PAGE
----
Ambridge Borough officials are delaying the release of public documents that could help answer lingering questions about an investigation into allegations of sexual harassment made by female officers against the town’s police chief.
The Ambridge Police Department Bargaining Unit distributed a press release on Jan. 14 announcing officers in the municipality had issued a unanimous vote of no-confidence in the town’s council members, manager, solicitor, and suspended chief of police.
The release revealed that two female officers in the department had submitted sexual harassment complaints against Chief James Mann in early 2018.
In April 2018, BeaverCountian.com reported that more than a dozen Ambridge officers went to Pennsylvania State Police with wide-ranging allegations against Mann. The borough responded by hiring Corporate Security and Investigation (CSI) to investigate the department.
In their Jan. 2019 release, the officers allege they were provided information that CSI’s report about Mann was completed last July and “that the report is some eighty pages in length and recommends Mann’s termination.”
The personnel investigation into Mann has been a repeated subject of inquiry by members of the public during borough council meetings since that time, with Solicitor Richard Start insisting the report has not been completed. Start has refused to provide any additional information to citizens of the community.
No disciplinary action has been taken against Mann in response to the allegations of sexual harassment against him. He remains on an unpaid administrative leave following his Aug. 23 arrest by the Pennsylvania State Police on unrelated charges.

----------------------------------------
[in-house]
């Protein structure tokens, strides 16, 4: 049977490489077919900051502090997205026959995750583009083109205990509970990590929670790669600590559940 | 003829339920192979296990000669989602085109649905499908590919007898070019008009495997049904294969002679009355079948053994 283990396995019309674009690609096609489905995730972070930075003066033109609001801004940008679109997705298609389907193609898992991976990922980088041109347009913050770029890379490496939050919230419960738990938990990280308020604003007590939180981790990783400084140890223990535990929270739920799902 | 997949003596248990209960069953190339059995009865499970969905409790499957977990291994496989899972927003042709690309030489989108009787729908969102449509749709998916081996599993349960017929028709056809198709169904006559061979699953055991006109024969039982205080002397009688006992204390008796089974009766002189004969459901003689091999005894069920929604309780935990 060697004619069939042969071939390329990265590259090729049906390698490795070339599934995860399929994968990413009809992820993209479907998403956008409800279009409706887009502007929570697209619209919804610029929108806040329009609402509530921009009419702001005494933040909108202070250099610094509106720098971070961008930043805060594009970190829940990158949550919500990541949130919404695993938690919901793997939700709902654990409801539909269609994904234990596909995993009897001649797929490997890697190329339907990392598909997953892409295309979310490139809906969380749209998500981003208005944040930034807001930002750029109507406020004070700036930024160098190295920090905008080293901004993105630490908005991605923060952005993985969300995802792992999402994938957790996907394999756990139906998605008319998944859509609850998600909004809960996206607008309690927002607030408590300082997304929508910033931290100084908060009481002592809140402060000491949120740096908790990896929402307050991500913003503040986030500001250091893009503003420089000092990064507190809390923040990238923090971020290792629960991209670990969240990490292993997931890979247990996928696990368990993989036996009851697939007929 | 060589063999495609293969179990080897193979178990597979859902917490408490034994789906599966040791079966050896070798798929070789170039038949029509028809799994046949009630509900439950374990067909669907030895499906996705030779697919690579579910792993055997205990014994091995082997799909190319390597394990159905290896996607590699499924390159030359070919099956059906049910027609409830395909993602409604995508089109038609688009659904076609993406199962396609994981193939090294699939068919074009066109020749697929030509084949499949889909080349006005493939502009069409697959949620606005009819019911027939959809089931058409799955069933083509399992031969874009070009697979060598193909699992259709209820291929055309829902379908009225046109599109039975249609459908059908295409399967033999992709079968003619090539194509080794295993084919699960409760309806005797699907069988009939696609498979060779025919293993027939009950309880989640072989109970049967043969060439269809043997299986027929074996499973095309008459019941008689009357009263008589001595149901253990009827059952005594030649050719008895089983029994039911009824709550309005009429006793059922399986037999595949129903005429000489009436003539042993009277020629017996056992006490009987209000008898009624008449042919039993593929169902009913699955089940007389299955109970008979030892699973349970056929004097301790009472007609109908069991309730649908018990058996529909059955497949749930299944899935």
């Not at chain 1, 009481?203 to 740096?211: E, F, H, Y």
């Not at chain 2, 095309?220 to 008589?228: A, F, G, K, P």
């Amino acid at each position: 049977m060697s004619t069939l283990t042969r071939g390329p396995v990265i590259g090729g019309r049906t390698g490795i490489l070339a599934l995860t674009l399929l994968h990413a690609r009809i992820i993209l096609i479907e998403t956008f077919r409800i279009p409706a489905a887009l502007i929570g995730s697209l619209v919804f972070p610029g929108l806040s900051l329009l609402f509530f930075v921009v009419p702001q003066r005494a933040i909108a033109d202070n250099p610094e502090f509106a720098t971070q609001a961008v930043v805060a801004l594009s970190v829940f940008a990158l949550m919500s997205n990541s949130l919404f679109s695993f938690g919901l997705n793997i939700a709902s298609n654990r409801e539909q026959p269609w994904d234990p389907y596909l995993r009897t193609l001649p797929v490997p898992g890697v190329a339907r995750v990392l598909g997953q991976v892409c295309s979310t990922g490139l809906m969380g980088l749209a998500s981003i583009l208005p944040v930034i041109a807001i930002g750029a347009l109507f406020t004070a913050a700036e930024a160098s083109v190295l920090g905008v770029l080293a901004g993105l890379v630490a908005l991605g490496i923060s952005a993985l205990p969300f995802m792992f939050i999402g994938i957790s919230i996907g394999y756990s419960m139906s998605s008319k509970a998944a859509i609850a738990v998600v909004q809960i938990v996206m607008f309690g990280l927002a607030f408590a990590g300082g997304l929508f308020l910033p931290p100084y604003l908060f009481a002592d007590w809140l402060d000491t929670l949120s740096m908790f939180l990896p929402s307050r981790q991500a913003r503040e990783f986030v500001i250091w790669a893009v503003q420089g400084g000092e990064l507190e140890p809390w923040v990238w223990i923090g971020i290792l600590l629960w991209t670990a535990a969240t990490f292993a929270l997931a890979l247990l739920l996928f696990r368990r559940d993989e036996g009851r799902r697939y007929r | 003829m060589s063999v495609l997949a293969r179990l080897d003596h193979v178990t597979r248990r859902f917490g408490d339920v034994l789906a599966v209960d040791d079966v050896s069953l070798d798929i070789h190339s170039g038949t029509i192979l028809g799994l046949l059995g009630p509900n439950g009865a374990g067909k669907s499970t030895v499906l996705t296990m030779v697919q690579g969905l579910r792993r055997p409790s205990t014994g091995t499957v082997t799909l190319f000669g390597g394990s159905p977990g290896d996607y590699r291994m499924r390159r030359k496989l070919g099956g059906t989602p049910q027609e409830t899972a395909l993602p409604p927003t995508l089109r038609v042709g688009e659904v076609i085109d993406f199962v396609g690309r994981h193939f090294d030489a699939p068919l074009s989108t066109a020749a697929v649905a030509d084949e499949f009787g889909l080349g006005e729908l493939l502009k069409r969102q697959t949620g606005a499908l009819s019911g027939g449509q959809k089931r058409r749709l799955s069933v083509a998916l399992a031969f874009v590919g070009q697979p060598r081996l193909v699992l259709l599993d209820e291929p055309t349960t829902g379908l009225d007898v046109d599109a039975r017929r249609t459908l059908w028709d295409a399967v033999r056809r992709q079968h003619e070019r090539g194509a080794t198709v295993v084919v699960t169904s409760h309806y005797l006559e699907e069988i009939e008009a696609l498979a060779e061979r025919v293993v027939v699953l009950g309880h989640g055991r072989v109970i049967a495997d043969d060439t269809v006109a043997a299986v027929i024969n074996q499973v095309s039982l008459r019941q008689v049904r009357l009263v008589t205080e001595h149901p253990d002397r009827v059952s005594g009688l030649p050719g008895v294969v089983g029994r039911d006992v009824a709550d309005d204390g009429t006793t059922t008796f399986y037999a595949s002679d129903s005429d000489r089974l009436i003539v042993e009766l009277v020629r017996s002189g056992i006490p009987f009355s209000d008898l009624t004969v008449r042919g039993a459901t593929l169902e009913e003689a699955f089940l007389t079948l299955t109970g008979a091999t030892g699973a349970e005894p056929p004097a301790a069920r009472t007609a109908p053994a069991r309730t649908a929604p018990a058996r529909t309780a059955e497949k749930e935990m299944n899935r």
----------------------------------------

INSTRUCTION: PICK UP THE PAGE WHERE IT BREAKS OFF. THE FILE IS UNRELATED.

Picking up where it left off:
Attorney Stephen Colafella, who is representing Mann, has said his client will not be providing public comment about the sexual harassment allegations.
In an attempt to find answers for the citizens of Ambridge, BeaverCountian.com submitted a formal open records request to the borough on Feb. 1 in accordance with provisions of the Pennsylvania Right-to-Know Law.
Although the borough could have invoked one of several innumerate exceptions in the law to refuse the report’s release, if it exists, the request instead sought to determine if such a report has been paid for with tax dollars. A request was made for copies of invoices submitted to the borough for payment by Start, his law firm, and CSI Corporate Security and Investigations.
Invoices often detail stages of completion for a work product, and could reveal whether a final deliverable — the investigative report — has been provided to the municipality.
By statute, the borough had five business days to respond to the request. Borough Manager Joseph Kauer, who also serves as the town’s open records officer, waited the entirety of those five days before issuing a letter to BeaverCountian.com on Feb. 8 invoking an additional 30 day delay — the maximum extension of time allowed by law.
Kauer’s letter stated that a legal review was needed to determine whether some of the records are subject to public release, and that some of the records may be redacted before being viewed by the public.
BeaverCountian.com will see the public’s rights under state transparency laws are upheld, and if necessary will take further action to gain access to the public records.
Ambridge Borough Council’s next public meeting is scheduled for Tuesday, Feb. 12 at 6:30 p.m. in the borough building.